Streett cautions against making an appeal to others to accept Christ as Lord and Savior when a clear proclamation of the message of the Gospel has not been preached. There are two parts to the Gospel message, proclamation and invitation. Proclamation must always precede an invitation to listeners to respond to its truth.  Three New Testament words deal with proclamation: kerygma, kerysso and keryx.  Kerygma, appearing 8 times in the New Testament, refers to the content of the Gospel.  It is translated in English translations as "preaching" (ex. 1Cor. 1:21).  Kerysso, appearing 61 times, means "to proclaim" or "to preach"; it refers to the act of preaching.  Keryx, appearing 3 times, refers to the preacher.  Paul used the word twice to describe himself (1Tim 2:7, 2Tim 1:11).  The word also includes the concept of an ambassador in its meaning. (1Cor. 1:17, Eph. 6:19-20, 2Cor 5:20)  The preacher does not proclaim merely for the sake of doing so.  An inseperable component of his motivation is an expectation of response.  Three New Testament words deal with evangelism: evangelion, evangelizo and evangelistes.  Evangelion, appearing 77 times, simply means good news and is a synonym for kerygma (Rom 16:25).  Evangelizo, appearing 55 times, means to bring or announce glad tidings. Evangelistes, appearing 3 times, meaning bringer of good tidings, is translated as "evangelist" and is a synonym for keryx.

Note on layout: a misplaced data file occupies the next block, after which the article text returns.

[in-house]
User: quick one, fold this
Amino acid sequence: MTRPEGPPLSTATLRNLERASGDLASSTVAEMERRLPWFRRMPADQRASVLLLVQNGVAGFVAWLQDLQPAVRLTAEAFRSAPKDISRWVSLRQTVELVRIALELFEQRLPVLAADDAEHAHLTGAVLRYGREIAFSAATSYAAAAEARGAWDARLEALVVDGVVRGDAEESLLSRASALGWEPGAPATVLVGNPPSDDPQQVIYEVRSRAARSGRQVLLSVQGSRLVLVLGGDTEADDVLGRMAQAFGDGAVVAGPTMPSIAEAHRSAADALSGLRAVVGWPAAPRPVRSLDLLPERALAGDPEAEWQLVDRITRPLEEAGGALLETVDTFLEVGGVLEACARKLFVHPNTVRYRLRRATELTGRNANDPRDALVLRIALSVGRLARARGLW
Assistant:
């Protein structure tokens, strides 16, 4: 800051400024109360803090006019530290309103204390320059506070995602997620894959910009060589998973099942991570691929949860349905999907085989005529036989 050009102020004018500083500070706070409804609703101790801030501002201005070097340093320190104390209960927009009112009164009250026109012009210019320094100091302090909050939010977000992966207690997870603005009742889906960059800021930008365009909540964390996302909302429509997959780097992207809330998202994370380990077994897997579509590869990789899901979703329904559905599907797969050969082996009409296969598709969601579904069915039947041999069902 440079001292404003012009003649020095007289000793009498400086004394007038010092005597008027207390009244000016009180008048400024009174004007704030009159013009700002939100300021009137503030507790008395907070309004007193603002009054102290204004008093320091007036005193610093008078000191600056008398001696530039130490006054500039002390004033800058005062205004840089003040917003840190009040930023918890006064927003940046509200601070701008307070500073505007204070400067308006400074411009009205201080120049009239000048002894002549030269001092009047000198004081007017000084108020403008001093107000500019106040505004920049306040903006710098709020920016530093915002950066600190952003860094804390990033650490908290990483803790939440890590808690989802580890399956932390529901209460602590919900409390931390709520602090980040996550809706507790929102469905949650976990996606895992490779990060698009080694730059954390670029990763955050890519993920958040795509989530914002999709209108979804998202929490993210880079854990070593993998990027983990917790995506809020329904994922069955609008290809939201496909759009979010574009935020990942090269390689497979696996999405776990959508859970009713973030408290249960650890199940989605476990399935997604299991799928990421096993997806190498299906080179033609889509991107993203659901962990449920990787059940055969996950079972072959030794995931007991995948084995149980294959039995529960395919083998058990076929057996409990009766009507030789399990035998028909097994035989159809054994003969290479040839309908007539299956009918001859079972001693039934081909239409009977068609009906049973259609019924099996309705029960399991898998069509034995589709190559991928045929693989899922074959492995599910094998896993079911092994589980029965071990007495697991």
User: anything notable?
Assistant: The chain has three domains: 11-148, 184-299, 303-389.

Two-Fold Nature of Man

Taken from F.G. Smith's "What The Bible Teaches", chapter 2, "The Nature of Man."

Man is a compound being

1Cor. 6:20, 1Cor. 7:34, Job 14:22, 2Cor. 4:16
The outer man is mortal- Rom. 6:12, Rom. 8:11, Gen. 1:29,2:7,15,3:19, Ps. 8:4, 5 with Heb. 2:6-7, 1Cor. 15:53, Lk. 20: 35-36, Job 19:26, Mt. 10:28, 2Cor. 4:16.